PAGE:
In the late 1800s flood waters of the Oxus River (modern Amu Darya in Central Asia) revealed a treasure hoard from a 2,000-year-old underground burial. Three Muslim merchants acquired the hoard—which included gold and silver coins, cups, rings, bracelets, bowls, plaques and figurines—and transported it aboard a train of mules across the wilds of Afghanistan, a land no less forbidding and strife-infested then than today.
In a saga worthy of Indiana Jones—complete with robberies, kidnapping, evasion (through remote territories frequented in more recent times by Osama bin Laden) and rescue by the British military—the treasure made its way to India, was sold there to local jewelers and ultimately acquired, for the most part, by officials of the British imperial administration. Through this circuitous route, the British Museum acquired what may be the most baffling items in the hoard—the so-called Elephant Medallions.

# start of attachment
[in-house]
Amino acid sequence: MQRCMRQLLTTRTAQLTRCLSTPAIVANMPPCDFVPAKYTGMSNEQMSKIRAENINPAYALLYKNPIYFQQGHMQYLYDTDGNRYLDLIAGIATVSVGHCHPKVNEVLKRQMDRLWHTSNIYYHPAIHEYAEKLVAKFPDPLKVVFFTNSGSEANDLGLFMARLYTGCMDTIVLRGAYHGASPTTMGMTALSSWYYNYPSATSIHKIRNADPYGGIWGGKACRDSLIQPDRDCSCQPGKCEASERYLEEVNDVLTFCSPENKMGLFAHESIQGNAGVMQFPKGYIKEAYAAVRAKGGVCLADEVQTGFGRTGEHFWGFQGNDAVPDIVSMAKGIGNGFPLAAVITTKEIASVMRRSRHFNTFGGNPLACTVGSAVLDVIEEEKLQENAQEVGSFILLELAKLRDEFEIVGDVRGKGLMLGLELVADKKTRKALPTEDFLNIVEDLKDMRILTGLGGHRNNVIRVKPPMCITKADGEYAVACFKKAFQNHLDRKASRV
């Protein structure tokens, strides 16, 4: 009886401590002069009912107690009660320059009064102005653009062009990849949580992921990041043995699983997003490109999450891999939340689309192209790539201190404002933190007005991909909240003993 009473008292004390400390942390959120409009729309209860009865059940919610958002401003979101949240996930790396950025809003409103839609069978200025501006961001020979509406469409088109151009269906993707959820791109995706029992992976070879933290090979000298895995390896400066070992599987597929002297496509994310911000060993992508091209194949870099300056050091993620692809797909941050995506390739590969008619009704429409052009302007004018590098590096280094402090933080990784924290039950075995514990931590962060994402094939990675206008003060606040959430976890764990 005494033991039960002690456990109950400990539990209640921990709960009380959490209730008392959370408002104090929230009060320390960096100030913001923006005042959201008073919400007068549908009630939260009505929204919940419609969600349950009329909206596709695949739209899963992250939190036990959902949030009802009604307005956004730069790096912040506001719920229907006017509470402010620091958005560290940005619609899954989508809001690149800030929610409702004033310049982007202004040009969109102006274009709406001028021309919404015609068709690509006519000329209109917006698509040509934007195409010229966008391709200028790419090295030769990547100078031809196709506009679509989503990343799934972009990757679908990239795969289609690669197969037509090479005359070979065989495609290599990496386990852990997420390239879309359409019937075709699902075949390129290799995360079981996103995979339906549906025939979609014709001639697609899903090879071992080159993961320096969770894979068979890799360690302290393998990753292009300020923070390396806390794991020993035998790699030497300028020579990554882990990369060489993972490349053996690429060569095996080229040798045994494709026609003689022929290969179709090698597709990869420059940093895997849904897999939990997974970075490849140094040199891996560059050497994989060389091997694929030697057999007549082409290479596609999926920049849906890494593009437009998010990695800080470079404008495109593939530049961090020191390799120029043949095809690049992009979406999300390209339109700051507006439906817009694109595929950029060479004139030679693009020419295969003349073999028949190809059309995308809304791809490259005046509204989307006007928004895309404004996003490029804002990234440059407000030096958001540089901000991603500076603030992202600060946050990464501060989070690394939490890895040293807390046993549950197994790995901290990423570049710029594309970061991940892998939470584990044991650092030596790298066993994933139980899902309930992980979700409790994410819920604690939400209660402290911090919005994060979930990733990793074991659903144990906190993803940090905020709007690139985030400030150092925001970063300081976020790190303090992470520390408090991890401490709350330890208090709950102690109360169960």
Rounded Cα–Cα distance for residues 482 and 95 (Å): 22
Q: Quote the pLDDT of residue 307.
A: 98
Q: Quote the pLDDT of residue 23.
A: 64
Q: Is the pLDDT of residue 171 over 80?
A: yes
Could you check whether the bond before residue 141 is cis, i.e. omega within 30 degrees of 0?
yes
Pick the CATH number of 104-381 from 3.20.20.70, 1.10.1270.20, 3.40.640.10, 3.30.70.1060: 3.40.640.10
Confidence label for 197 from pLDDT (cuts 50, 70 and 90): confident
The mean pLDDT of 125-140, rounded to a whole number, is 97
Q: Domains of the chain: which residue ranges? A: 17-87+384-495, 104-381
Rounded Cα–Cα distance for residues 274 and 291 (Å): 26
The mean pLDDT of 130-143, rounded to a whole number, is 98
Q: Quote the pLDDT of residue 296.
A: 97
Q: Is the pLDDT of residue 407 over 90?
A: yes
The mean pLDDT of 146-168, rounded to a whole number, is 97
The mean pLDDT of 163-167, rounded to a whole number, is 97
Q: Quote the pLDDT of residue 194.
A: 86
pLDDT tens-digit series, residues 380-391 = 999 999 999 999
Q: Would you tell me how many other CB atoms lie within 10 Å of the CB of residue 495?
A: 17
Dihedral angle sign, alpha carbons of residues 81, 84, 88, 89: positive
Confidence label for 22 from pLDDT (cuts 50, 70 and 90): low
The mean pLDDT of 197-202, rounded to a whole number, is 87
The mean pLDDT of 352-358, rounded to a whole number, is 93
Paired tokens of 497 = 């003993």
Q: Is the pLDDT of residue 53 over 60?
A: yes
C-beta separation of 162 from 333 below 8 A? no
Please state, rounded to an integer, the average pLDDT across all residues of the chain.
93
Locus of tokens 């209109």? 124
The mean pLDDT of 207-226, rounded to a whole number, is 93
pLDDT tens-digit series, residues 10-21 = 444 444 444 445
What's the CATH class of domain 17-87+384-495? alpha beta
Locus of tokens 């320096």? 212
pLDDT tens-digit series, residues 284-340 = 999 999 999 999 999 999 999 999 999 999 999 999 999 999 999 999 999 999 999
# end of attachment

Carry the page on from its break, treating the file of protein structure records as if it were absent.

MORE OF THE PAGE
These medallions are silver coin-like objects, with the weight of a standard silver decadrachma (approximately 42 grams, or 1.5 ounces). On one side of the medallion is the image of a mounted horseman, who attacks an elephant carrying two warriors. The other side bears the image of a standing figure, armed and helmeted, holding a thunderbolt and a spear, alongside the monogram “BA,” interpreted to mean Basileus Alexander, or King Alexander.